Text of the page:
Stop Building PPC Landing Pages and Expecting Them to Rank Organically

If you aren’t willing to invest in content, and producing real digital marketing campaigns, then I suggest putting all your budgets into paid media. If you’re paying for SEO services that are focussed on building links to category pages that don’t add value, then I suggest you stop, you’re paying for something that won’t pay dividends and potentially land you in trouble in the long run.

A very straight-forward and honest post here about doing modern-day SEO for eCommerce.Marketing Strategy and Core Objectives of Product words cloud


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13 Things to Do When Writing a Kickass Blog Post (+ a free checklist!)

You have just started your website. You’re enthusiastic, waiting for the world or at least your target audience to find you.

Have you heard people say: “Content is king“?

Sure you have.

So now you should be writing tons of useful blog posts. Inevitably, you feel devastated.

But don’t worry, it’s not so difficult.

Follow this list and you’ll write kickass blog posts that your followers and also Google will love. (You can download the checklist at the end of this blog post.)

So what should you do after finding the topic you want to write about?

1. Come up with a powerful headline

The first thing your reader will notice is the headline (the title) of your post. This is what they will see when searching in Google, browsing their Pinterest feed or checking the latest blog posts in your sidebar.

It’s essential to write a magical headline, as it makes sure people read your post.

Do little tweaks: add an odd number. Include words and expressions like “tips”, “ideas”, “lessons”, and “how to”.

Be specific. Raise attention. (Go and see the headlines Upworthy uses.)

Make sure you offer a solution for one of the problems of your target audience.


You don’t need to come up with the headline right at the beginning of writing – you can do the content first and then create something effective later.

2. Use your keywords

Keywords, yes. SEO (= Search Engine Optimization, or feeding the Google monster) is important to a certain level.

Keywords are the words or expressions visitors type into Google when they search for answers.

It’s useful to have the keyword(s) in your title and content (especially in the first paragraph and headings).

However, don’t overuse them and don’t stuff your post with these.

Take into consideration that you’re writing to real people and not robots (I hope you did your homework with The Creative Fempreneur’s Website Strategy Workbook and you know exactly who you are writing to).

3. Write a compelling introduction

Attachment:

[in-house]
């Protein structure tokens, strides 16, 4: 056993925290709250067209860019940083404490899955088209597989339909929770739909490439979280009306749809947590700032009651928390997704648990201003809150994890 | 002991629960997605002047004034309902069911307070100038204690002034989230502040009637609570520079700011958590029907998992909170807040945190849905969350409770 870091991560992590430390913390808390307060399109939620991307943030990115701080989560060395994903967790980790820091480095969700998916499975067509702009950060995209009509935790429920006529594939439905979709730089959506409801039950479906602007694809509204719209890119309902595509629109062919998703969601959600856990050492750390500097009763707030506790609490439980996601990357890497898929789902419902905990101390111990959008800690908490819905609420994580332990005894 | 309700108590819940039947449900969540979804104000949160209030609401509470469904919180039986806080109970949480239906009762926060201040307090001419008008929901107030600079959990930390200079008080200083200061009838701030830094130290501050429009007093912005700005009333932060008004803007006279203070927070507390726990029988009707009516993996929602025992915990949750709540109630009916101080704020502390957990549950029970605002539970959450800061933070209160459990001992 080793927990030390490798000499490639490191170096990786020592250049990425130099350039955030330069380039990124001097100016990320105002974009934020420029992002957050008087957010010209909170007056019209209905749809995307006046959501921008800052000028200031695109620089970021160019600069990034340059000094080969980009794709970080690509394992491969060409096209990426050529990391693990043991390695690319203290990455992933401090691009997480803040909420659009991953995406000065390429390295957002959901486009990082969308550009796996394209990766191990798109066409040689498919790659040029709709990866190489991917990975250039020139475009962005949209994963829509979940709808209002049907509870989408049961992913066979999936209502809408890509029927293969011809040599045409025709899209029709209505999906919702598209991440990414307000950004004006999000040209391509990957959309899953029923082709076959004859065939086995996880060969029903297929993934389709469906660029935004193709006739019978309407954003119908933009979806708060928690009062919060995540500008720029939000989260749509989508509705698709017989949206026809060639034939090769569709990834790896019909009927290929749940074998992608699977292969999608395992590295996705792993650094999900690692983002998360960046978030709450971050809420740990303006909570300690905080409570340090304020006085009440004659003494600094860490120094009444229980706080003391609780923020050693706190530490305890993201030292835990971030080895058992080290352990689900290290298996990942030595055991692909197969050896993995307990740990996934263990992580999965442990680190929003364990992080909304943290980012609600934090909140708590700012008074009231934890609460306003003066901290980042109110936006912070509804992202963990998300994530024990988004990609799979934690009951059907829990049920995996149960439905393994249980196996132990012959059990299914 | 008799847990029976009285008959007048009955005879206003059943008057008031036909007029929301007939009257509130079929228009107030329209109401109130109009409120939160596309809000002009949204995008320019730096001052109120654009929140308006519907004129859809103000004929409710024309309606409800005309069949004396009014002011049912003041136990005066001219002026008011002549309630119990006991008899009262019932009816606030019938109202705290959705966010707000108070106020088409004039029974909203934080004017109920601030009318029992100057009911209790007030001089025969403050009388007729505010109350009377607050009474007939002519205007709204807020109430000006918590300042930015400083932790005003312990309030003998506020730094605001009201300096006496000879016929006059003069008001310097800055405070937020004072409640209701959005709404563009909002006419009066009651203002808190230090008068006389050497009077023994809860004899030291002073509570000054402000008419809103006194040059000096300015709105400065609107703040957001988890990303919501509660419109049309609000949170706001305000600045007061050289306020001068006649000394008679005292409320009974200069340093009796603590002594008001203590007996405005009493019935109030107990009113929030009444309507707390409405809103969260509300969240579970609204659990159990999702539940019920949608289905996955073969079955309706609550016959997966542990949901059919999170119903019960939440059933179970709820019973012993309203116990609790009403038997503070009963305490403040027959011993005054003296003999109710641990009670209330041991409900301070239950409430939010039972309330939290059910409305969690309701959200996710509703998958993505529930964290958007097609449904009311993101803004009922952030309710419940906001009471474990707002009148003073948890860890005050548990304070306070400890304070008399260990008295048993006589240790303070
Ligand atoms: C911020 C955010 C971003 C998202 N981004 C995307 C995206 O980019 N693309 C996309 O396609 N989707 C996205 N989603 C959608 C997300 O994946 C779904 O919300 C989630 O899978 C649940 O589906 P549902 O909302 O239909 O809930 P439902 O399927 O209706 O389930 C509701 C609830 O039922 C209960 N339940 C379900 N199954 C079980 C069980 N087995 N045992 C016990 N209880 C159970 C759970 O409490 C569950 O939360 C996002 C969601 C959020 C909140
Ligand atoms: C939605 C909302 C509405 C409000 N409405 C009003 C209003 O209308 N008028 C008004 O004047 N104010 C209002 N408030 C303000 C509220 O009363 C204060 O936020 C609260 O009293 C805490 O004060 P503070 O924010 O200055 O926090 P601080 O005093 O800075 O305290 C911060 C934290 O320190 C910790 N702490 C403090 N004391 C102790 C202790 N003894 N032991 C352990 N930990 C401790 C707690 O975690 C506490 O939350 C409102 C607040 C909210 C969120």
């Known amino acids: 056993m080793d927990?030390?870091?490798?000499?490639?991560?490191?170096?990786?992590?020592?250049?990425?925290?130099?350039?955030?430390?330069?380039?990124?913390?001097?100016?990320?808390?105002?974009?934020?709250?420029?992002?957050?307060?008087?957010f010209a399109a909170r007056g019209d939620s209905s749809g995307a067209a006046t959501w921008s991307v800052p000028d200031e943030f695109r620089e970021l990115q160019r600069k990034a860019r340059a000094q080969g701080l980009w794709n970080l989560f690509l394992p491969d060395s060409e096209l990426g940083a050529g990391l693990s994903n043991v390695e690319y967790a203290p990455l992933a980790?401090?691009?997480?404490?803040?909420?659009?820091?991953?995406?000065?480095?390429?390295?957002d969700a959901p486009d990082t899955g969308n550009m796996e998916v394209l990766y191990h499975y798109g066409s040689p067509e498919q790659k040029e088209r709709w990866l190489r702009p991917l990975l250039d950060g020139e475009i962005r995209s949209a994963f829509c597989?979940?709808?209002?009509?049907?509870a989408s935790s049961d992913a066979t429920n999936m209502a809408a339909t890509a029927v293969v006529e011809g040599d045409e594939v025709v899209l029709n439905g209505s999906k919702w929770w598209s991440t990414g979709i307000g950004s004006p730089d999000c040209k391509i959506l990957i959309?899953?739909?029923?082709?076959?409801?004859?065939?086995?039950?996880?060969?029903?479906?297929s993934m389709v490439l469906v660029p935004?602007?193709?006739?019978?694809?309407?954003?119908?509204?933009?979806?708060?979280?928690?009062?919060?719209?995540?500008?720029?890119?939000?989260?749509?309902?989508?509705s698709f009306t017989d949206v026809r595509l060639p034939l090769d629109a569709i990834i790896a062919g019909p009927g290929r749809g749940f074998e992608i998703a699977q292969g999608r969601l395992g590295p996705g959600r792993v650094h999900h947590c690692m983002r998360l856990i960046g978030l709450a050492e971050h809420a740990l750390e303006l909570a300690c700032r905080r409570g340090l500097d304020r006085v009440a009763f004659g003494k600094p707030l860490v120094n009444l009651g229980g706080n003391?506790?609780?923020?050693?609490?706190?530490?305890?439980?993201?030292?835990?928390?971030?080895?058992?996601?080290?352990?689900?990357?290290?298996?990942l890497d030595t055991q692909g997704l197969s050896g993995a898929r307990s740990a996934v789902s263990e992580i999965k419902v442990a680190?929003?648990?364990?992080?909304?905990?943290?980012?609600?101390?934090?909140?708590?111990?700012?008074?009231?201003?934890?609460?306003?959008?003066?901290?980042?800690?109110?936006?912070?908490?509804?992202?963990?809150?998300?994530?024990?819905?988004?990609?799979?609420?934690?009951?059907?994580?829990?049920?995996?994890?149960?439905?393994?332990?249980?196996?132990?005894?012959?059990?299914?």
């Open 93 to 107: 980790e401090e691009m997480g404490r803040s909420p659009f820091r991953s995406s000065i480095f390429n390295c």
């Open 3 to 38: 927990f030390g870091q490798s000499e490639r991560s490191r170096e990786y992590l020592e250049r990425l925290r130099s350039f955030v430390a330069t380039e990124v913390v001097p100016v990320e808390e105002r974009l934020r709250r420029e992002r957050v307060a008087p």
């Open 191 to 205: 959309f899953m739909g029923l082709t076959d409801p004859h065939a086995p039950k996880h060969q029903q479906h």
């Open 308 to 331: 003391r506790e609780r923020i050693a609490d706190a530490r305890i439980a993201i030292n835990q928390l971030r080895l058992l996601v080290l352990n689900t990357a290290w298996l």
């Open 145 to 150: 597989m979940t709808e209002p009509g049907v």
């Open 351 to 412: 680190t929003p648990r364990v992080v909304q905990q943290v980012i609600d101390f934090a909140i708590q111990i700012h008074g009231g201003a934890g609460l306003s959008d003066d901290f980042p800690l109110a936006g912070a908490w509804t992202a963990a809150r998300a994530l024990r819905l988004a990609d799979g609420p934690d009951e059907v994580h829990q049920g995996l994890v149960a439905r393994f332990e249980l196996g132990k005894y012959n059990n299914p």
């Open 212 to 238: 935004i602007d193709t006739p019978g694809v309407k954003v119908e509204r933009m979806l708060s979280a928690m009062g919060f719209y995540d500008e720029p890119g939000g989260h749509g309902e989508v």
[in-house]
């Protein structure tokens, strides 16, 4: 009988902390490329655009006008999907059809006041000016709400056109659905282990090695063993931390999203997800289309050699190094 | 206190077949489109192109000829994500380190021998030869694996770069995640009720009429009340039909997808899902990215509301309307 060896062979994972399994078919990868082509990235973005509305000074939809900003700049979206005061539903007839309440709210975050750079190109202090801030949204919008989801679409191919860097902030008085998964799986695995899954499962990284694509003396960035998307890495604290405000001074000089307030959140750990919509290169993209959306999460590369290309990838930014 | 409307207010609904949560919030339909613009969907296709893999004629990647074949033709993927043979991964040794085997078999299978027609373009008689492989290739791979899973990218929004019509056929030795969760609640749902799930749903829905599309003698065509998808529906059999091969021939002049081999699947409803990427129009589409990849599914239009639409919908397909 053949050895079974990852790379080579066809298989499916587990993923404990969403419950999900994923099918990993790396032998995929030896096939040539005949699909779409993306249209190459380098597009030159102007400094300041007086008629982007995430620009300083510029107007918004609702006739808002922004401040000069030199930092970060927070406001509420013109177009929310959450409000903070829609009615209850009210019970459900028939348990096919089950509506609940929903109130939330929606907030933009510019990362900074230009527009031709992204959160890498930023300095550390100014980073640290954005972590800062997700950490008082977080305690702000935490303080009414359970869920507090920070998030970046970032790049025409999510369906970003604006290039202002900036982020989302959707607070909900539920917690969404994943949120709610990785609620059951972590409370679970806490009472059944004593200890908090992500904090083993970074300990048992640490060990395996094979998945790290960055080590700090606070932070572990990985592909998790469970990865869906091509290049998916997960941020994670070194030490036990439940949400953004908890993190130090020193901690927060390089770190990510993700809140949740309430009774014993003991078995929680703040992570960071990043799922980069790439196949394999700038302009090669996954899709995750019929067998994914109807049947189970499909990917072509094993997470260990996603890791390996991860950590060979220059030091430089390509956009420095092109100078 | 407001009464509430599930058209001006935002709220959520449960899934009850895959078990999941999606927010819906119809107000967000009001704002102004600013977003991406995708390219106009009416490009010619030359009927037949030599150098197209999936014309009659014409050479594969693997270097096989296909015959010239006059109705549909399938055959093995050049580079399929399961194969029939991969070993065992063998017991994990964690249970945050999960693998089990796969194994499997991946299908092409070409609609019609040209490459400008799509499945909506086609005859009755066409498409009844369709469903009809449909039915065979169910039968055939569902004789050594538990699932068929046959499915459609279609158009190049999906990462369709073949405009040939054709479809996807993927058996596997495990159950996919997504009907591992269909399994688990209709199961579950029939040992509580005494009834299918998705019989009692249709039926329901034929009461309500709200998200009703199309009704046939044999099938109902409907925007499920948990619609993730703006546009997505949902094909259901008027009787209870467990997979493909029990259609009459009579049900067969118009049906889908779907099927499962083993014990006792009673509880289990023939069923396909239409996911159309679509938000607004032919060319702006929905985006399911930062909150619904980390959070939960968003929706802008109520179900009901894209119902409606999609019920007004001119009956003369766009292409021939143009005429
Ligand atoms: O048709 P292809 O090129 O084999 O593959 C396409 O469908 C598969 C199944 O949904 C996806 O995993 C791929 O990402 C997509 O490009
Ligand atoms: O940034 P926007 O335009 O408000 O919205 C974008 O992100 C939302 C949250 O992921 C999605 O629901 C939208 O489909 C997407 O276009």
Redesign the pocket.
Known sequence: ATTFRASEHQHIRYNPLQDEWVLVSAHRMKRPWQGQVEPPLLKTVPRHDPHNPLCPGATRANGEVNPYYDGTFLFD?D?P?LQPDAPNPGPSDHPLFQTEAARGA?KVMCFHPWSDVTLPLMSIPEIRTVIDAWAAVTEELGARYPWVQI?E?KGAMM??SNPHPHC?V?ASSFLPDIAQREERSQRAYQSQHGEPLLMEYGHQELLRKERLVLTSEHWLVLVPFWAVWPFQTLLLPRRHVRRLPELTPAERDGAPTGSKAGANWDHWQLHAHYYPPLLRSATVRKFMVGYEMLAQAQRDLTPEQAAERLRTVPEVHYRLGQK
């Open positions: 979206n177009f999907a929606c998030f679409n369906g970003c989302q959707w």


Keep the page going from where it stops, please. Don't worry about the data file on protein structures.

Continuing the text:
You’ve made sure to catch your reader’s attention with the title.

Sad news: a strong title doesn’t always ensure reading the whole post. You must make the reader go on with an introduction that’s catchy.

Write a memorable story, raise a controversial topic, ask a question or drop in shocking statistics.

Make the reader scroll down.

4. See to the length of the post

Nowadays the minimum is 300 words.

The maximum? Good question.

Some say, don’t write more than 500 because people don’t have time and nobody will read it.

Come on, this can’t be true. And it isn’t, as it seems.

If you write about something that makes sense and it’s relevant to your readersyou can write thousands of words in a blog post.

It’s useful because visitors will spend more time on your site (and Google will love you for it too).

Write shorter and longer posts and test the result.

(This is almost 500 words so far. I hope you’ll read on, will you?)

5. Make the text easily readable

Break the text into smaller parts, so that readers can easily scan it.

Use headings and lists.

Hit enter after almost every sentence instead of writing lengthy paragraphs.

Use the Hemingway App to check the readability of your blog post.

13 things to do when writing a kickass blogpost (with free checklist!) - essential for bloggers or any entrepreneur blogging

6. Write with the reader in your mind

When writing, imagine your ideal reader and write to them.

Use your own voice,  write in your own style. Be unique.

Love your readers.

7. Link to trustworthy sources and older blog posts

Link to a few external sources that provide a valuable addition to your post. These can be statistics, studies, researches, other articles etc.

Don’t worry, Google will like these too.

Set your links to open on a new tab in the browser, so your reader won’t jump suddenly to somebody else’s page.

If the topic allows, set up a link or two to your older blog posts too.

Internal linking can be advantageous for two reasons: it helps search engines establish your site architecture and helps your readers find more topics they can be more interested so they spend more time on your site.

8. Use photos